This fine lip plate or plug has been carved from a single piece of light, blond wood. It is of semi-oval form with a curved groove all around the sides which allowed the plate to be kept in place, with the pierced lip stretching right around the plate and in the groove. A convex dimple is in the centre of either side.
According to Ginzberg (2000, p. 249) ‘of all lip and ear plugs used in Africa, this wood plate, worn in their vastly stretched lower lips by Kichepo women in Sudan, resulted in the most shocking distortion.’
The size of a Surma or Kichepo girl’s lip plate suggested the number of cattle her family required for her as a bride price. Young women had their lips pierced and fitted with a plate. These were worn in the presence of men and only taken out when the woman was eating or sleeping. When the plate was not being worn, the stretched lip would hand as a loop, distended from the mouth.
An almost identical example comprised lot 45 of Sotheby’s Paris sale: ‘Collection Marc et Denyse Ginzberg’, September 10, 2007. Click here to see that example. Another is illustrated in Borel (1994, p. 60).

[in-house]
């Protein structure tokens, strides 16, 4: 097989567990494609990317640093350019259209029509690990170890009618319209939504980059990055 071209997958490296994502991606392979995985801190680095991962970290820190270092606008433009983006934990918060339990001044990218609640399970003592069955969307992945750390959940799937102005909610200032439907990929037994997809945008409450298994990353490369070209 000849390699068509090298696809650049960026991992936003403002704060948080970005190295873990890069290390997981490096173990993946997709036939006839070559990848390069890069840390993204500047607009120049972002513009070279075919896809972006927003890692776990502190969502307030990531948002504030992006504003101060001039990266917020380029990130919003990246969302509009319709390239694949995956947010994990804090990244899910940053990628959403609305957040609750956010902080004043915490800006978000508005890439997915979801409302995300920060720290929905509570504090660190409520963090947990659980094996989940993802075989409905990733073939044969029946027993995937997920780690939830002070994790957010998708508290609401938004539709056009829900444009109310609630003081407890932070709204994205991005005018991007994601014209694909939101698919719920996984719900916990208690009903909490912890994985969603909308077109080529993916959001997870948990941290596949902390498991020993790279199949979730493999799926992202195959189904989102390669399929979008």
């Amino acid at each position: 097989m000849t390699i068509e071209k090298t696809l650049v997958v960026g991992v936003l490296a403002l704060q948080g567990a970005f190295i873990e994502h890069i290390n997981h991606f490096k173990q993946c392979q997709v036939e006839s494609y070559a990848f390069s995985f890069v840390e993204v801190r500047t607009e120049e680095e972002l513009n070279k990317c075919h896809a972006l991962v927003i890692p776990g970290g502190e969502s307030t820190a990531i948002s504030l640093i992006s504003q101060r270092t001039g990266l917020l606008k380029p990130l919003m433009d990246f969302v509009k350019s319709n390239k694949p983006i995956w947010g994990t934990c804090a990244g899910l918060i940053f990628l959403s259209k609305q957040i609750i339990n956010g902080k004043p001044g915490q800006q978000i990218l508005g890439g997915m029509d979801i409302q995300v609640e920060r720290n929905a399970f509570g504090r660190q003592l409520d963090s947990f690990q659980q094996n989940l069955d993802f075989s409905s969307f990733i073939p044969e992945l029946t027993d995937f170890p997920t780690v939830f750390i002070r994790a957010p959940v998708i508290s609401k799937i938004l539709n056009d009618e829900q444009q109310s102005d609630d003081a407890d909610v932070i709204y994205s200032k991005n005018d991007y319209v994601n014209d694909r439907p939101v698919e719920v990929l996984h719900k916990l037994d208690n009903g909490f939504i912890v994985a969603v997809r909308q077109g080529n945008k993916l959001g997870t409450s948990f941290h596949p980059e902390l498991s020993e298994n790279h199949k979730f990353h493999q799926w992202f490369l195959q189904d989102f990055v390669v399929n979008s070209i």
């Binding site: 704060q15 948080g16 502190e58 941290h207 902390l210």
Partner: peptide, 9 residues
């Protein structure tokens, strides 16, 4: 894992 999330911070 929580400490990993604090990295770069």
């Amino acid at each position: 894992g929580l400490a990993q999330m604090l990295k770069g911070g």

The plate is in fine condition with a smooth, worn feel. A corner on one side is shortened. Perhaps a segment broke away during use and so was reshaped. Or perhaps it was made this way to accommodate the shape of a specific lip. In any event, the corner is now as smooth as the rest of the groove.
With the plug in (left) and with it removed (right)
Borel, F., The Splendour of Ethnic Jewelry: From the Colette and Jean-Pierre Ghysels Collection, Thames & Hudson, 1994.
Ginzberg, M., African Forms, Skira, 2000.